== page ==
Acetaminophen: adverse reactions and monitoring

1. Hepatotoxicity
-ALT/AST
-Liver synthesis tests
-PT/INR, albumin
-Acetaminophen concentration

23

Opioids: Phenanthrenes - Potency

Greatest to least potency:

Oxymorphone
Hydromorphone (Dilaudid) (1.5 x weaker than oxymorphone)
Morphine (10x weaker than oxymorphone)
-morphine PO has the greatest first pass effect (ex. have to give 3x the dose orally)
-Codeine 15-30x weaker than Oxymorphone
-Hydrocodone 30x weaker
-Oxycodone 30x weaker

24

Opioids: Phenanthrenes - Relative histamine release

Morphine (naturally occuring) +++

Hydromorphone (semi-synthetic) +

Oxymorphone (semi-synthetic) +

Codeine +++

Levophanol (semi synthetic) +

Hydrocodone (Vicodin) N/A

Oxycodone (OxyContin) (semi-synthetic) +

25

Morphine

**drug of choice in severe pain**

For cancer patients: can use immediate-release product with controlled release product to control breakthrough pain

-can cause sphincters to close more tightly, sometimes causing more pain

26

Hydromorphone (Dilaudid)

more potent than morphine, otherwise no advantages

27

Oxymorphone (Opana)

Most potent Phenanthrene
-can use immediate + controlled release for cancer pt.
-ER reformulated to deter misuse

28

Codeine (methylmorphine) General

-Mild to moderate pain and cough suppression
-Needs CYP450, 2D6 to metabolize to morphine (prodrug metabolize to morphine)**

DON'T use in children or with breastfeeding

29

Phenylpiperidines: General

1. Meperidine (Demerol)

Histamine: +++
Strength: 100x weaker
-DON'T use, toxic metabolite accumulation can cause seizures

2. Fentanyl (sublimaze, Duragesic Actiq)

Histamine: +
Strength: 0.1x weaker**

30

Phenylpiperdines: Meperidine (Demerol)

DON'T USE:
-oral form
-in renal failure

**May precipitate tremors, myoclonus, seizures***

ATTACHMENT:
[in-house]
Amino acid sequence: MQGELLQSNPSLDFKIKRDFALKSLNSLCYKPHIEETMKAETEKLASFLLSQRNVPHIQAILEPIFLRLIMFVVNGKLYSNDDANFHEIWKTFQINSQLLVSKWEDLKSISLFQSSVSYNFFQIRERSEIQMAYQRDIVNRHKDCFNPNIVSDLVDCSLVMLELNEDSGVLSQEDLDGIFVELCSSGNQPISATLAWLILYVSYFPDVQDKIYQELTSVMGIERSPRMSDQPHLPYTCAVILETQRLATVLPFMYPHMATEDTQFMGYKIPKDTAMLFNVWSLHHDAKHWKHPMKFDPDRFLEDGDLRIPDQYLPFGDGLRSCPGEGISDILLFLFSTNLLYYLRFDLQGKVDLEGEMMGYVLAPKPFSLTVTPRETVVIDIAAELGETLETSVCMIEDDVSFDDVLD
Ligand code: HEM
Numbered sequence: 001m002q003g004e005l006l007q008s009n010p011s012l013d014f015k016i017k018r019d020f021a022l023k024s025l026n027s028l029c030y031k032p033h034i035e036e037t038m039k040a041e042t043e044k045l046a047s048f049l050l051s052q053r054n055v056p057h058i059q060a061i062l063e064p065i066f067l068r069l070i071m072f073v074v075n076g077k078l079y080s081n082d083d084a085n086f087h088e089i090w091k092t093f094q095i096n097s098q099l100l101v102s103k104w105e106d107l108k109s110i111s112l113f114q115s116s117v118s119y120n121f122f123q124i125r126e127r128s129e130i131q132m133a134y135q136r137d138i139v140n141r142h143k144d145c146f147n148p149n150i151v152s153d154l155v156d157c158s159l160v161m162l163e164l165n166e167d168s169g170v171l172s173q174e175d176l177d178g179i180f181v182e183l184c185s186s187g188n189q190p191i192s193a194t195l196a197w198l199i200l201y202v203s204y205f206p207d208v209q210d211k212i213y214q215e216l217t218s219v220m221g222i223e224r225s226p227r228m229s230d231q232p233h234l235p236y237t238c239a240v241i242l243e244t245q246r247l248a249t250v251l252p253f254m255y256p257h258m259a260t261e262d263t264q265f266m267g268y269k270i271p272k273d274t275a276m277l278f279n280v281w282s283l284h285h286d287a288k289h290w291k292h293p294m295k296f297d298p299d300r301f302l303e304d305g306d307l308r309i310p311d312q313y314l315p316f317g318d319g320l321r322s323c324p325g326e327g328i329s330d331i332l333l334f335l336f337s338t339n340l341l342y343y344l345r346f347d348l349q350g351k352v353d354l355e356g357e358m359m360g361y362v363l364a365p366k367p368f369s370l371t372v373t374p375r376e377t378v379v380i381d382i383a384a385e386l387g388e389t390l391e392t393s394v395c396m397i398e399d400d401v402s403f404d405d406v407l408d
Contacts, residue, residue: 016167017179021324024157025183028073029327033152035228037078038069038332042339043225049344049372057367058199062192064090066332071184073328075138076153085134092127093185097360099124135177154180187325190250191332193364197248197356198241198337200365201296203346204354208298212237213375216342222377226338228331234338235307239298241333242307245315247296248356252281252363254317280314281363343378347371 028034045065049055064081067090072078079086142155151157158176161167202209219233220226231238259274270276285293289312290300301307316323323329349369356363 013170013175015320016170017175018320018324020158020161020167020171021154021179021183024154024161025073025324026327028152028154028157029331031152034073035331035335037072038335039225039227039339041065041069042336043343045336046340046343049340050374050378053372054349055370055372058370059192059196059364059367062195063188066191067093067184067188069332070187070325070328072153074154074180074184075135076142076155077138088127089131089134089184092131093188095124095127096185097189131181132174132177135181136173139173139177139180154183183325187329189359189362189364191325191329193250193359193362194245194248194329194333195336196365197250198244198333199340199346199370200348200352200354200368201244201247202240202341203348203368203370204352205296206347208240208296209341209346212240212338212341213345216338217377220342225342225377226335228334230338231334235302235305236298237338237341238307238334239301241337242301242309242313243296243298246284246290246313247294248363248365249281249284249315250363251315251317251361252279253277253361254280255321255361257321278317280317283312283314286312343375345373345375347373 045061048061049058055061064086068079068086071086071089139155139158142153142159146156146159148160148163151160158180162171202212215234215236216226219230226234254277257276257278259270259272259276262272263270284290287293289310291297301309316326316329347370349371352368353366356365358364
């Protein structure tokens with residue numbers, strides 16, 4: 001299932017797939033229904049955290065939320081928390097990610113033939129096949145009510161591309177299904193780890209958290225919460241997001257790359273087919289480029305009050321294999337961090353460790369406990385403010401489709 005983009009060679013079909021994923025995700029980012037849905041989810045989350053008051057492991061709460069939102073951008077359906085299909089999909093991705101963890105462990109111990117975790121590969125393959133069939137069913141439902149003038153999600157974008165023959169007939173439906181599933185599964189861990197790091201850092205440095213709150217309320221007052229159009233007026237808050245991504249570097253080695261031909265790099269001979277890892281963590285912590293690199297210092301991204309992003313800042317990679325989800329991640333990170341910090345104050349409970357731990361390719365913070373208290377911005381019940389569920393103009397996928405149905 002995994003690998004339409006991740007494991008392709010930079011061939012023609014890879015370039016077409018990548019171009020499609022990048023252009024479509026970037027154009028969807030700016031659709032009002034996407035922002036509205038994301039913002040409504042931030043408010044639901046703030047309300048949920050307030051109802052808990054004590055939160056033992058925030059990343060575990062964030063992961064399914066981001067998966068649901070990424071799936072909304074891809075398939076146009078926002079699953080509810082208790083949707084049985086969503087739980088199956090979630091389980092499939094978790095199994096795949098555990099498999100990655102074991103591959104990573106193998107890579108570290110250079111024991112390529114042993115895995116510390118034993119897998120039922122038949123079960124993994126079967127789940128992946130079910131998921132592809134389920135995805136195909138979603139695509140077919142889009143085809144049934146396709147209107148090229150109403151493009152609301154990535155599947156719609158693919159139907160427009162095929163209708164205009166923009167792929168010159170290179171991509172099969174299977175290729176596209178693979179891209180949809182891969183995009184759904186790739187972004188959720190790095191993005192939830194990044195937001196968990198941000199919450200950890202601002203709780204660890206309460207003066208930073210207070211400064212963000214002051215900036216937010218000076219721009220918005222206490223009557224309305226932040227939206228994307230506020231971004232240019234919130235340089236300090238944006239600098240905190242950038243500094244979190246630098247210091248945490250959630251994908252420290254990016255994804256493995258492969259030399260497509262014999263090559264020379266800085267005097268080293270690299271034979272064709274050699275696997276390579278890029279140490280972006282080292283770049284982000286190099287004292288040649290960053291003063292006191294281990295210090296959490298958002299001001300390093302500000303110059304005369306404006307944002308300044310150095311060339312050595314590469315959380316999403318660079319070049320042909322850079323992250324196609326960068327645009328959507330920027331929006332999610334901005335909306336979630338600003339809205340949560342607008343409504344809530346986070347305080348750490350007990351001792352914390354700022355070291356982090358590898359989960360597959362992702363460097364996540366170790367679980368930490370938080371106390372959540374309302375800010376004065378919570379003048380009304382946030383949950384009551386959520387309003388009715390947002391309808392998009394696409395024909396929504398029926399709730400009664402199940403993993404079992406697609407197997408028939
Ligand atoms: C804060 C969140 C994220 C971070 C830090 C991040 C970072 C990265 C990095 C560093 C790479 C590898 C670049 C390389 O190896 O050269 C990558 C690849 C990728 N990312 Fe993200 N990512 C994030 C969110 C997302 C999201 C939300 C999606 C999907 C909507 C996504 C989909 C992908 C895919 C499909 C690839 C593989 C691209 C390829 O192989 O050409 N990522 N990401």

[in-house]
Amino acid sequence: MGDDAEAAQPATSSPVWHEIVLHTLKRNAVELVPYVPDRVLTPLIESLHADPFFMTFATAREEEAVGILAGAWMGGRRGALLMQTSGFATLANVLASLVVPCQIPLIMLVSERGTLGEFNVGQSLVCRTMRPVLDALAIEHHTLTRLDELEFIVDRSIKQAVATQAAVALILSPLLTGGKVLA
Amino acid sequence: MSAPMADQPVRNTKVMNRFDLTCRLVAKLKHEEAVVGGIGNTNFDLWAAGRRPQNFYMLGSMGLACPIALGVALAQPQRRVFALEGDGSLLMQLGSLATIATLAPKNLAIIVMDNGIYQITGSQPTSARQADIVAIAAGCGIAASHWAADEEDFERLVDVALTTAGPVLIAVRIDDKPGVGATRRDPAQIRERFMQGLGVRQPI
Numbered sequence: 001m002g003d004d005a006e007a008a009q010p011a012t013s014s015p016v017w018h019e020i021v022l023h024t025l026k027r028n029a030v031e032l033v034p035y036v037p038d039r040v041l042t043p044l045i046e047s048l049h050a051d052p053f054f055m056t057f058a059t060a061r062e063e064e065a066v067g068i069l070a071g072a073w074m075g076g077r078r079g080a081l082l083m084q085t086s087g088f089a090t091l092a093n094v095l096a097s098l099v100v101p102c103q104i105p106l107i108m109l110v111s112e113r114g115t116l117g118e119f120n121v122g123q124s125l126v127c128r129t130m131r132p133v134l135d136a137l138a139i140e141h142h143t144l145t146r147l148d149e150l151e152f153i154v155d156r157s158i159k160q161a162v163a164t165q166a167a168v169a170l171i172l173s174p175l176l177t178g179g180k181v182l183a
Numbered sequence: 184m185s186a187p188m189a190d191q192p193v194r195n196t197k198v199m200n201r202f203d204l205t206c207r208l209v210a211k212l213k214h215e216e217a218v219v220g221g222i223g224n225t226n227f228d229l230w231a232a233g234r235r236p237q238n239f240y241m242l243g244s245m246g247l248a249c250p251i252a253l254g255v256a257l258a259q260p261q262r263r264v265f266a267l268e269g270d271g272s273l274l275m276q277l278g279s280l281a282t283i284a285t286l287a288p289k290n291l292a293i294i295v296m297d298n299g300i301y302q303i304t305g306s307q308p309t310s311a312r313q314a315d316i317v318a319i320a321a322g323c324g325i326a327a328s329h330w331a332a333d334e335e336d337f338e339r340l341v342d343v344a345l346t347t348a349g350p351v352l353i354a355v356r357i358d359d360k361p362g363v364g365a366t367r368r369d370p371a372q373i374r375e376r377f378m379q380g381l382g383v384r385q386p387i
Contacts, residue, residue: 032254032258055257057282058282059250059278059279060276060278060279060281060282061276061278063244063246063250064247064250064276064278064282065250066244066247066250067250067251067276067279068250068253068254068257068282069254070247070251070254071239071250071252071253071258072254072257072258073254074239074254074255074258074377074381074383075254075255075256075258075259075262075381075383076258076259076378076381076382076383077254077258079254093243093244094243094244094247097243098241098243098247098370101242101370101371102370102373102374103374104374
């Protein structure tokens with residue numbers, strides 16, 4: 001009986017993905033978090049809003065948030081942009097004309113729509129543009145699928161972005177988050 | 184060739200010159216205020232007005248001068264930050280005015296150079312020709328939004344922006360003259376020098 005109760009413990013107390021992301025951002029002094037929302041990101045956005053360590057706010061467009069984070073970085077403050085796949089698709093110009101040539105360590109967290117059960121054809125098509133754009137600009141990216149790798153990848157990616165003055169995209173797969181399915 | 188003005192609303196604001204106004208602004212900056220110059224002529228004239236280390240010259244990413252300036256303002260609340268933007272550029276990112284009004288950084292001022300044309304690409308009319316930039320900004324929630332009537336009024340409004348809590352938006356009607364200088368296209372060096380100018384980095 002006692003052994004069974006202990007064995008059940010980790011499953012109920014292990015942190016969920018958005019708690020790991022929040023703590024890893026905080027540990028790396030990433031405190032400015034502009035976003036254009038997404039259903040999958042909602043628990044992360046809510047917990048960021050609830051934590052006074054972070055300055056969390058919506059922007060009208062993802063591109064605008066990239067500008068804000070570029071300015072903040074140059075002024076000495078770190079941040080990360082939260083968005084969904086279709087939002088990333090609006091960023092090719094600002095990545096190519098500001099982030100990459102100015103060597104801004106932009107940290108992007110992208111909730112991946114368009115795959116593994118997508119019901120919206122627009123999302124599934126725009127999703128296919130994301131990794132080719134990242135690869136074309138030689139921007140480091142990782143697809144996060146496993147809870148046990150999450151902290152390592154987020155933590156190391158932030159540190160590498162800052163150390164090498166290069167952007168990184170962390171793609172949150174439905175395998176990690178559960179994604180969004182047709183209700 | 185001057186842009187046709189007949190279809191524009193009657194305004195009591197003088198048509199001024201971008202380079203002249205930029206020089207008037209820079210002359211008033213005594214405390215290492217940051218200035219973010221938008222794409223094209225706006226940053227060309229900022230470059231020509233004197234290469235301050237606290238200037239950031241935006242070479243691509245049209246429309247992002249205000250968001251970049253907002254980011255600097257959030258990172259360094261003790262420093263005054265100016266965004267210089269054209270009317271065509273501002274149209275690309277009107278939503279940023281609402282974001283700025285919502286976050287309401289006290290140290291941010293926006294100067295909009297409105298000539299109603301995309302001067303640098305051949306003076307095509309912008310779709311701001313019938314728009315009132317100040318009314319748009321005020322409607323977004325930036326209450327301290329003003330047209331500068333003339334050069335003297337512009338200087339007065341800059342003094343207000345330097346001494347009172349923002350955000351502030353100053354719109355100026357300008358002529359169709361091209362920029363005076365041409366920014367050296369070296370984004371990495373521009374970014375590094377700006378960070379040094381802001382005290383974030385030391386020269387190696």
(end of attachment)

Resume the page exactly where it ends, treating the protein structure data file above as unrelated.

**Dilates eye (mydriasis) not constriction (miosis)

*can cause serotonin syndrome with MOAIs

31

Phenylpiperdines: Fentanyl

-Don't use the transdermal patch for acute pain (dose too low)

-Transmucosal, intranasal, sublingual

32

Diphenylheptanes: General

Methadone

histamine: +
Dose: variable!!**

ADE: QT prolongation*****
avoid titrations more frequently than every 2 weeks

33

Agonist-Antagonist (these contain Naloxone)

1. Pentazocine (historical, not used today)
-3rd line agent


These are 2nd line:
2. Buprenorphine
dose: 0.3x weaker than oxymorphone
-may not be effecting in reversing respiratory depression

3. Nalbuphine
4. Butorphanol


**May precipitate withrdrawal in opiate-dependent patients

34

Opioid Analgesics: Central analgesics

1. Tramadol
dose: 120x weaker than oxymorphone
-can be helpful for neuropathic pain
-Pro-drug, must be converted to produce analgesia

-Risk of seizure, serotonin syndrome, hypoglycemia

***Decrease dose in elderly (75+) and renal impairment**

35

Analgesic Drug monitoring

1. Respiratory depression
-respiratory rate, end-tidal capnography*
-The newer a patient is to opioids more likely they are to have this